Among the growing number of applications for artificial intelligence (AI) is advanced imaging capabilities for reliable facial recognition. Reliability is required for effective analysis by law enforcement agencies, access to commercial or industrial complexes, travel, or even a homeowner. While AI enables complex analysis and performs it in a remarkably short timeframe, effective analysis requires the best capability from the first block in the system, the sensor – the digital camera.
While they had video evidence, movies and television shows have often complicated the apprehension of a suspect based on the resolution (number of pixels) of the camera being too low – usually based on the owner choosing the cheapest system available. Today’s high-end cameras are vastly improved and even the cheaper versions have much improved capabilities over the past two decades.
The best possible camera resolution available today for high-definition security cameras is 8K. However, cameras with this resolution setting require camera servers to handle the amount of data. In contrast, 4K cameras are more practical for many applications when performance and camera resolution are the focus.
Unlike a 4 mega-pixel (MP) camera that has 2560 x 1440 or 3,686,400 total pixels, a 4K rating provides 3840 x 2160 or 8,294,400 total pixels, over twice as many pixels. For further comparison, the 4K’s pixels are a little more than 4x the size of a commonly rated 1080P (1920 x 1080 or 2,073,600 total pixels) display.
With facial recognition, each observed face is compared against a database creating a much more advanced system. This creates two distinct classifications for home and other security cameras: cloud based – those that send facial images to the manufacturers’ servers to be stored and identified in the cloud and premise based – those that run the facial recognition algorithms on the camera itself and do not send the images to the manufacturer.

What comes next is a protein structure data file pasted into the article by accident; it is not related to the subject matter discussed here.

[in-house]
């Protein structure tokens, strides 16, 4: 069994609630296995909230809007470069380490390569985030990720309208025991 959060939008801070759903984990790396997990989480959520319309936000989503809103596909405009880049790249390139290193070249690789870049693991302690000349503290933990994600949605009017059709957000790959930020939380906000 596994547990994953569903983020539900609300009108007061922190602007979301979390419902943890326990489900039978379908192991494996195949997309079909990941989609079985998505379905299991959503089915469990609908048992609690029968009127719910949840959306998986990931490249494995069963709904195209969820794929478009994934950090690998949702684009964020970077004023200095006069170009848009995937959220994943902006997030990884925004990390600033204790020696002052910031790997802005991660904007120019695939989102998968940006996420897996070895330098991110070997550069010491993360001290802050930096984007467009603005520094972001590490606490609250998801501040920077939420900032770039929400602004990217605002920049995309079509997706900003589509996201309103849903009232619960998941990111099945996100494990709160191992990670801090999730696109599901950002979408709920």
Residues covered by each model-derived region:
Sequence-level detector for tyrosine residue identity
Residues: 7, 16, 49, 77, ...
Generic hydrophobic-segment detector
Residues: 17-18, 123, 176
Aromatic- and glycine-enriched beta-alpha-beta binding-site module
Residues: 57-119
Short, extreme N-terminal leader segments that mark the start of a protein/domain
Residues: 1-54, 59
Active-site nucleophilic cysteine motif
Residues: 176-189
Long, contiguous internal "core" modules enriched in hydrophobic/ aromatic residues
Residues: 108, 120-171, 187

In all security systems, one of the key benefits of facial recognition is minimizing the number of false alerts.In addition, by providing useful information and statistics about specific people, facial recognition cameras cut down the time the system and analysts spend tracking activity.
In the home (a house or apartment), facial recognition is increasingly used in home security cameras and video doorbells. According to Future Marketing Insights, one of the reasons that sales of smart home security cameras will grow at a rate of 20.02% from 2022 to 2032 is more secure deliveries. The report states, “With the integration of artificial intelligence in smart cameras, owners get immediate notification of deliveries.”
But the use of interior cameras will also grow based on monitoring and even communicating with children and pets through smart cameras when the homeowner is not at home.
In addition to home security systems, advanced cameras with AI are being designed to monitor activity inside schools, offices, restaurants, bars, and malls to address the increasing threats that bad actors pose to the intended users. These are key areas where avoiding false flags are essential, so an immediate response can occur when a true red flag is raised.
Part 2 of this blog will address addition applications and use cases including the Transportation Security Agency’s (TSA’s) use of facial recognition technology in airports across the United States.